In recent years, and more specifically since its spinoff from eBay in 2015, PayPal Holdings has undertaken a number of initiatives to join the ranks of mainstream digital payments providers. Some appear to moving the needle in the right direction, and others, not so much.
On the positive side, PayPal appears to have learned from its Venmo platform that cash—or more aptly, liquidity—is king, and that moving money out of its digital wallet is as important as moving money between digital wallets. A new feature allows consumers to transfer payments received through PayPal to a debit card in real time, as has always been the case for Venmo users. In the past, consumers had to wait one to three business days before they could access their funds. This not only failed to sit well with them; it was also a deterrent to merchant acceptance of PayPal at the point of sale. Why? Merchants, and SMB merchants in particular, want and need immediate access to their funds to pay their bills and keep their businesses running. Now they have it.
Now let’s look at the negatives. PayPal continues to come up short where its mobile wallet initiatives are concerned. Under terms of an agreement with the likes of Citibank, JPMorgan Chase, Bank of America, and Wells Fargo, financial institutions are loading their cards into the wallet and marketing it to their customers. In exchange, PayPal gains entrée into target markets served by these financial institutions—target markets it would otherwise be unable to penetrate. Additionally, a separate deal with Citibank slated to take effect later this year will give participants in the bank’s ThankYou Rewards program the option to redeem their earned points at PayPal merchants, either online or in-app.
So what is the problem? Observers have said that deals of this type can heighten consumer demand for merchant acceptance of the wallet, along with other mobile wallets, at the point of sale in bricks-and-mortar stores by increasing the wallets’ value in shoppers’ eyes. But rewards won’t necessarily entice consumers to use mobile wallets, and specific wallets won’t necessarily do the trick. Yes, consumers now have too many wallets from which to choose. It’s hard to imagine how they can comfortably have such a large number of icons on their smartphones, so from that standpoint, we can see the appeal of one mobile wallet as opposed to multiple mobile wallets.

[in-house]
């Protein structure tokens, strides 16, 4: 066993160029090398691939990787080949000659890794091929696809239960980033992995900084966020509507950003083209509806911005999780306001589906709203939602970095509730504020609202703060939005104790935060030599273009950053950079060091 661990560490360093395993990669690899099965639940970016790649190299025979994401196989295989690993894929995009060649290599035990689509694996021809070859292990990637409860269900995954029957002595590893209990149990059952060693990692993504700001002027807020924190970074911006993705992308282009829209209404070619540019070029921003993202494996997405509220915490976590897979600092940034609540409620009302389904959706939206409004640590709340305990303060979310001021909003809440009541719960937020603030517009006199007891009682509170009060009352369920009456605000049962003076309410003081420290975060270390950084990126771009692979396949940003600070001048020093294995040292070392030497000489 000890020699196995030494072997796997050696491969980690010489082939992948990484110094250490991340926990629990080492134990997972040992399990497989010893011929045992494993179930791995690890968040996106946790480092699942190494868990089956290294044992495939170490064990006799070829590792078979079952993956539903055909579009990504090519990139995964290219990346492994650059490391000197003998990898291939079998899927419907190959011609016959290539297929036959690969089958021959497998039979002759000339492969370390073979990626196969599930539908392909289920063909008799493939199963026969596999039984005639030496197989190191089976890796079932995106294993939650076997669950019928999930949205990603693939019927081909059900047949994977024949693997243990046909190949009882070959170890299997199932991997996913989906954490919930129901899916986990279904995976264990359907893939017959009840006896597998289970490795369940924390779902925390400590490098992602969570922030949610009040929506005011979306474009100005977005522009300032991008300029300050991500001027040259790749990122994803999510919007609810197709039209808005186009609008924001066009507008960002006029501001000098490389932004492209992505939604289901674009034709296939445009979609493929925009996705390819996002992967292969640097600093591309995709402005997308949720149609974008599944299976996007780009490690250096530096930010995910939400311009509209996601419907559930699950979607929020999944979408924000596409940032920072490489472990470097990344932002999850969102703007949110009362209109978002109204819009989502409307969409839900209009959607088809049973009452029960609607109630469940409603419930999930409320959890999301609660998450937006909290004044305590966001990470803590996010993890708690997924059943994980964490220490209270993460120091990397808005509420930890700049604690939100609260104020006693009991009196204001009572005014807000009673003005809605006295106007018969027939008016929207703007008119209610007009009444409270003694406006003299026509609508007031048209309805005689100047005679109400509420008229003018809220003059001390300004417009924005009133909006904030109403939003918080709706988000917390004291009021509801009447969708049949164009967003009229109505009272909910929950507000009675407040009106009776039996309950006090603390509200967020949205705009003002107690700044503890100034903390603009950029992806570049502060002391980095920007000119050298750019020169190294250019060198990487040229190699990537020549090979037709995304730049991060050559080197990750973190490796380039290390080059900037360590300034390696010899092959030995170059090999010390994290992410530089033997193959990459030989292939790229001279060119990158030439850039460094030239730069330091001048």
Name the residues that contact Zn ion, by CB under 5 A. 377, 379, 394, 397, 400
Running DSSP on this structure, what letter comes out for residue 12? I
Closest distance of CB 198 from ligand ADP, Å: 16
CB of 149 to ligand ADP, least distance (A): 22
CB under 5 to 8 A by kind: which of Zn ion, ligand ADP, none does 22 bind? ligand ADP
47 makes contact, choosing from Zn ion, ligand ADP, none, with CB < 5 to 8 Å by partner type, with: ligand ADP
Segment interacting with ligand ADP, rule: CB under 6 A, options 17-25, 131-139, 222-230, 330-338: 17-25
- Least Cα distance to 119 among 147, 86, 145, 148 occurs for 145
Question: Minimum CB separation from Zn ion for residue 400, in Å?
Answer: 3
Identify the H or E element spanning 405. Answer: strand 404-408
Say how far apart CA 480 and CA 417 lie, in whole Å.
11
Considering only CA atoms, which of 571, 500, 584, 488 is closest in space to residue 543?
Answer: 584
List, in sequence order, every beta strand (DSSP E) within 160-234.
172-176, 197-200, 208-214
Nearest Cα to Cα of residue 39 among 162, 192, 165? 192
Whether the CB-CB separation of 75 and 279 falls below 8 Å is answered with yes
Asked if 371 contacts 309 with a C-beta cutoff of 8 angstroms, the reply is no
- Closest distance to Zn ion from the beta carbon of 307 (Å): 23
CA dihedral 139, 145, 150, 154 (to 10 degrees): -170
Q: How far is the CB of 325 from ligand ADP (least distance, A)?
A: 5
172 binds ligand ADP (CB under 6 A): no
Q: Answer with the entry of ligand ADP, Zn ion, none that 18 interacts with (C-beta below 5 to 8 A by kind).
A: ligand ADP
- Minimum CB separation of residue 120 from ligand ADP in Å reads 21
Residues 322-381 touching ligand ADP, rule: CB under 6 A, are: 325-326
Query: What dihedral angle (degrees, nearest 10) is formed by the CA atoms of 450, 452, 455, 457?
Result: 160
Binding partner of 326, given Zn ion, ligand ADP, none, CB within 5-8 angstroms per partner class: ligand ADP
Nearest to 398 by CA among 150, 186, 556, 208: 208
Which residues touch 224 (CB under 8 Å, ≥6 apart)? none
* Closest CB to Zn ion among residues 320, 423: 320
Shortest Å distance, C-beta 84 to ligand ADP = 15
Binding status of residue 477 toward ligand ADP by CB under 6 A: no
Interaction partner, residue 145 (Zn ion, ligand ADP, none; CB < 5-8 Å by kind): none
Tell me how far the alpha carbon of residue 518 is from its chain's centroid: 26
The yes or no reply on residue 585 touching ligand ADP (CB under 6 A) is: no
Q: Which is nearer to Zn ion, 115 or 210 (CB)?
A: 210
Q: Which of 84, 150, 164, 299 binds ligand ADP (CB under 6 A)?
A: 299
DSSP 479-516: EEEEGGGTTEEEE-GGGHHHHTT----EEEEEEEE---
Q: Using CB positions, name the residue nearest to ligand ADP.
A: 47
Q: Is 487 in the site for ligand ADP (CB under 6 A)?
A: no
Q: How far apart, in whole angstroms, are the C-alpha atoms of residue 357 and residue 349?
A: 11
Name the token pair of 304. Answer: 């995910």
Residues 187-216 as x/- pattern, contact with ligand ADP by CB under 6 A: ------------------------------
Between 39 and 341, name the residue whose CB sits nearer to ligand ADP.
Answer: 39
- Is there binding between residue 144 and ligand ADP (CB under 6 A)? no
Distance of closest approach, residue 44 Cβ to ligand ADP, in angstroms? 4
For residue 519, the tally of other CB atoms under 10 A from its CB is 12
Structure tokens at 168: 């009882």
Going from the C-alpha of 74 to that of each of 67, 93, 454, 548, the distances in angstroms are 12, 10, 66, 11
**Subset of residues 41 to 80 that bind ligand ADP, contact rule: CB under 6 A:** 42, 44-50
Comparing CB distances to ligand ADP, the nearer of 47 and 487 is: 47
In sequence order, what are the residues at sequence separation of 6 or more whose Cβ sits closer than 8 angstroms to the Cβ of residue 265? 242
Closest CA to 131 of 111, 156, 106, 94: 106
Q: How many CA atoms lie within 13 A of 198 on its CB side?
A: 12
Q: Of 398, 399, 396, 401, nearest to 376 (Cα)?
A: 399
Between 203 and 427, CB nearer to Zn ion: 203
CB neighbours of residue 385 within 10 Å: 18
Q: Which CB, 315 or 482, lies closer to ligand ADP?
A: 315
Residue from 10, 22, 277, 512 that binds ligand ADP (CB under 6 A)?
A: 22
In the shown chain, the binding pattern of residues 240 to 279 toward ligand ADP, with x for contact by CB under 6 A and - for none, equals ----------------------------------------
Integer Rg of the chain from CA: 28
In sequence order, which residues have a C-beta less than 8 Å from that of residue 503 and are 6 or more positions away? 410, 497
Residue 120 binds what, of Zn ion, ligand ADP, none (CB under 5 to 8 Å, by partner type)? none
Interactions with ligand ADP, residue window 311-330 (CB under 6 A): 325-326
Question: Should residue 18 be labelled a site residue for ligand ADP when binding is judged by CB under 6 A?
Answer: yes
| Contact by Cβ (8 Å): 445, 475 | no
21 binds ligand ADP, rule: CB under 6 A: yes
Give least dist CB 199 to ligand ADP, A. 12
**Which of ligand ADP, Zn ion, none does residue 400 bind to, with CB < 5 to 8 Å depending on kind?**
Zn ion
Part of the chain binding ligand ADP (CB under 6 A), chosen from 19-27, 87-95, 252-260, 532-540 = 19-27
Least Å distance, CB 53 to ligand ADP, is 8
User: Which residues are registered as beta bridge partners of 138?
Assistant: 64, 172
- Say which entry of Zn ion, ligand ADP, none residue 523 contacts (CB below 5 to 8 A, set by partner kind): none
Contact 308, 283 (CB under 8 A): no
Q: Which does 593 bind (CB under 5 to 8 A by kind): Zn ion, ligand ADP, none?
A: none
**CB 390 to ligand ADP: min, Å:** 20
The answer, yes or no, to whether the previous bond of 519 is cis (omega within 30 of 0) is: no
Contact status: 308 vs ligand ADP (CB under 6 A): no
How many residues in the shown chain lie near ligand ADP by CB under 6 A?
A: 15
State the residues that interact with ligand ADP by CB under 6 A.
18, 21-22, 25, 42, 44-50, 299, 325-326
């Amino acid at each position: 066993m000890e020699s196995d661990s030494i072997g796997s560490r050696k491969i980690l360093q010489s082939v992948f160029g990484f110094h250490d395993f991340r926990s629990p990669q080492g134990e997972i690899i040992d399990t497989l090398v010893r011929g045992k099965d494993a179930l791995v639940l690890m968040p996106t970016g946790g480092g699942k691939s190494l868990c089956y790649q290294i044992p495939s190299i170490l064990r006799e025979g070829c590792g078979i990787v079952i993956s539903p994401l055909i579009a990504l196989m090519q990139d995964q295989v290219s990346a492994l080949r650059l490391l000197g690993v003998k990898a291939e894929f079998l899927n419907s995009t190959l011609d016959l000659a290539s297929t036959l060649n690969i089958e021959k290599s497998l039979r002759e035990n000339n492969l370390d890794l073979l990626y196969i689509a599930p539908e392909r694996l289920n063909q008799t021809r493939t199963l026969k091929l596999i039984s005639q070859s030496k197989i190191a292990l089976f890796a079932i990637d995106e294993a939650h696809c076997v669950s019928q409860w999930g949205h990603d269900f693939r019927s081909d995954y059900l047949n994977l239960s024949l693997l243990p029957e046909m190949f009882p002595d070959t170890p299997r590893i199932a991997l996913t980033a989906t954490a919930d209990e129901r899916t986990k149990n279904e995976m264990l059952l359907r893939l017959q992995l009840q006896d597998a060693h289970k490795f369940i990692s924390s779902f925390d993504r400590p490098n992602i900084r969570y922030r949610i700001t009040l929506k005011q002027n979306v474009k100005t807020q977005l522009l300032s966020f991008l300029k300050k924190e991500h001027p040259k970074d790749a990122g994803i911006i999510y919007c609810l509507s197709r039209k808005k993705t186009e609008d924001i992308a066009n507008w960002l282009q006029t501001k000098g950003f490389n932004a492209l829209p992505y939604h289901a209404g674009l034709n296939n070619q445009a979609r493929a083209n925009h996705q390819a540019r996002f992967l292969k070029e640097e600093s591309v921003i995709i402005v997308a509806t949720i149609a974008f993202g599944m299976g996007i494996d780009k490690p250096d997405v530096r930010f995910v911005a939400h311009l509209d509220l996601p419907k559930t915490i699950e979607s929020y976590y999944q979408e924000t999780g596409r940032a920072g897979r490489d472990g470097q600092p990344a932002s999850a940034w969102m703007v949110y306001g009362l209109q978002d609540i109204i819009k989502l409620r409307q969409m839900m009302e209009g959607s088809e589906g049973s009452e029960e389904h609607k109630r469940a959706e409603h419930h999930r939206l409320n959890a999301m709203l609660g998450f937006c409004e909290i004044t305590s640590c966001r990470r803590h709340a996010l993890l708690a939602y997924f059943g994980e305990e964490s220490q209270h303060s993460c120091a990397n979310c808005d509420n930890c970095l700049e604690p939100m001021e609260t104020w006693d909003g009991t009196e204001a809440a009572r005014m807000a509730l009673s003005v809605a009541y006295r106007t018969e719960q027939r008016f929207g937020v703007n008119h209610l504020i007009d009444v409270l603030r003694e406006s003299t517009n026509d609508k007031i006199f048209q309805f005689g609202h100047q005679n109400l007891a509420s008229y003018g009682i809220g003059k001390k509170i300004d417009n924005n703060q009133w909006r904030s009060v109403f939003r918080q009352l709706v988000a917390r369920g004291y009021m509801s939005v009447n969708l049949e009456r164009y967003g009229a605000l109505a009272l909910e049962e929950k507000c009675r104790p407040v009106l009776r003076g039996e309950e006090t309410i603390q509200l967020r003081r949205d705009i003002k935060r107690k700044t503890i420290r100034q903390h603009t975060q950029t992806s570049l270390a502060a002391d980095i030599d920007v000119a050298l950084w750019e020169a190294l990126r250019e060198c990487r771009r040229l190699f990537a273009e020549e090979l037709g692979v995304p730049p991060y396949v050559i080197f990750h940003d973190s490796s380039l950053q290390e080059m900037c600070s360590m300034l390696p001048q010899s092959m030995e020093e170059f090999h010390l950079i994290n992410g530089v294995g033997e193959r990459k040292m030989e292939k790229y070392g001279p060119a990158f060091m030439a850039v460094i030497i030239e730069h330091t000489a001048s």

However, consumers are still “mentally divided” when it comes to their shopping habits—in other words, they think, “I go to this store to buy X, that store to buy Y, a third store to buy Z,” and so on. Plenti, the multi-merchants rewards program, didn’t work, which begs the question of whether marketing is enough to make PayPal succeed by being the wallet aggregator. The exception to this rule is superstores, where consumers can purchase everything they need. In the case of these stores, customers would need only one mobile app or wallet, and merchants see and can calculate a true return on investment for contactless acceptance.
Observers have also noted that mobile wallets’ failure to catch on in-store stems in part from the fact that consumers have yet to see the value in them. This is all well and good, but other glaring obstacles to mobile wallet acceptance go beyond marketing and have yet to be addressed. For starters, many merchants still lack contactless payment acceptance capability at the point of sale—and without that capability, they cannot process payments made with mobile wallets. The absence of contact payment acceptance capability may also signal to consumers that paying with a mobile wallet carries risk. And as if that weren’t enough, among the small number of retailers that do accept mobile wallet payments, few utilize signage to let consumers know about it and remind them of the mobile wallet option.
PayPal Holdings will doubtless continue to seek other ways to join the ranks of mainstream digital payment platforms. Its initiatives clearly bear watching.